Originally uploaded by trudeau.
Maybe more important than recognizing Kwanzaa is a simple meditation on the background of African Americans in Louisiana.
People frequently ask me about the word I made up for perspective on the Bayou State: LouisiAfrica. This term reminds us that West African peoples plus Europeans equals Creole culture, Creole cooking (gumbo, etouffee, jambalaya), Creole style in dance, festivals and parlance ("Mighty kootie fiyo on Mardi Gras day!").
What people love about this little state at the bottom of the Mississippi valley is what was created in a black and white cultural forge: jazz, zydeco, cajun music and gumbo.
One of my sources on Maroon culture and the Bayou State is the award-winning book by historian Gewndolyn Midlo Hall called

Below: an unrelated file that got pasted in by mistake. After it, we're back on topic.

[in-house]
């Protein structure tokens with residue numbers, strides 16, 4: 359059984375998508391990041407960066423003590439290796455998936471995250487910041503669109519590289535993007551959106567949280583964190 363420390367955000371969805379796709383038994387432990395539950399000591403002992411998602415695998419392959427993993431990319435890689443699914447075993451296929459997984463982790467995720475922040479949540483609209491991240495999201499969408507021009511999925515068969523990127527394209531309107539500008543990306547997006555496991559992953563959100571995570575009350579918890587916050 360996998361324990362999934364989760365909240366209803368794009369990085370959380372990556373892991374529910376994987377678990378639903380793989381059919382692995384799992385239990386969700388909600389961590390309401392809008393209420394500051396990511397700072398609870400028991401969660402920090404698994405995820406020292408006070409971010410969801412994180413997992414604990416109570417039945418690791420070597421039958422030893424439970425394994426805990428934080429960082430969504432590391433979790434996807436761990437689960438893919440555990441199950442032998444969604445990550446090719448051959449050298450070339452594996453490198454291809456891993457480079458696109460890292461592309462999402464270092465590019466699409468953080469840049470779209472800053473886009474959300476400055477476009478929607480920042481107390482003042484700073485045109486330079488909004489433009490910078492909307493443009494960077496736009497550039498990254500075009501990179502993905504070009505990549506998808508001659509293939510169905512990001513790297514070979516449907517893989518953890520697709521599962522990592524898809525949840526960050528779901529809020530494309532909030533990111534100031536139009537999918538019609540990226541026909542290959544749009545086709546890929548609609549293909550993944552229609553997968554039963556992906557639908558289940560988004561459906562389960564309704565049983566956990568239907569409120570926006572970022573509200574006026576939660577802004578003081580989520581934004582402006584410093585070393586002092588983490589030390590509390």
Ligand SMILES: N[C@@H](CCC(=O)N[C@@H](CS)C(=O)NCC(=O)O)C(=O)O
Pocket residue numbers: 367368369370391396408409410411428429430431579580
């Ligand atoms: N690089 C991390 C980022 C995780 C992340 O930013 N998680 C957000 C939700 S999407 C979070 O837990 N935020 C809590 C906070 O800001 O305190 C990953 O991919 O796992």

Africans in Colonial Louisiana / The development of Afro-Creole Culture in the 18th Century. Hall's book ties into the books of photographer-folklorist Michael P. Smith: Spirit World / Pattern in the Expressive Folk Culture of Afro-American New Orleans and the glorious pictorial Mardi Gras Indians.
Eileen Southern's The Music of Black Americans, A History, is also a book that sheds light on African-Amercian place and significance. I wish every teacher in Louisiana read this text for perspective on their students' backgrounds. Finally, I must recommend two books by historian Carl A Brasseaux, the Founding of New Acadia and Acadian to Cajun, the Transformation of a People, 1803 - 1877.
This reading opens doors that might take us past Kwanzaa, with respect, and into the ethnic gumbo where we all party. Know your state. Get past its embarassments and into its uniqueness.
LouisiAfrica: it's a Franco-Hispano-Guniean-Italo-Germanic-Ibo-Ashanti-Choctaw state of mind.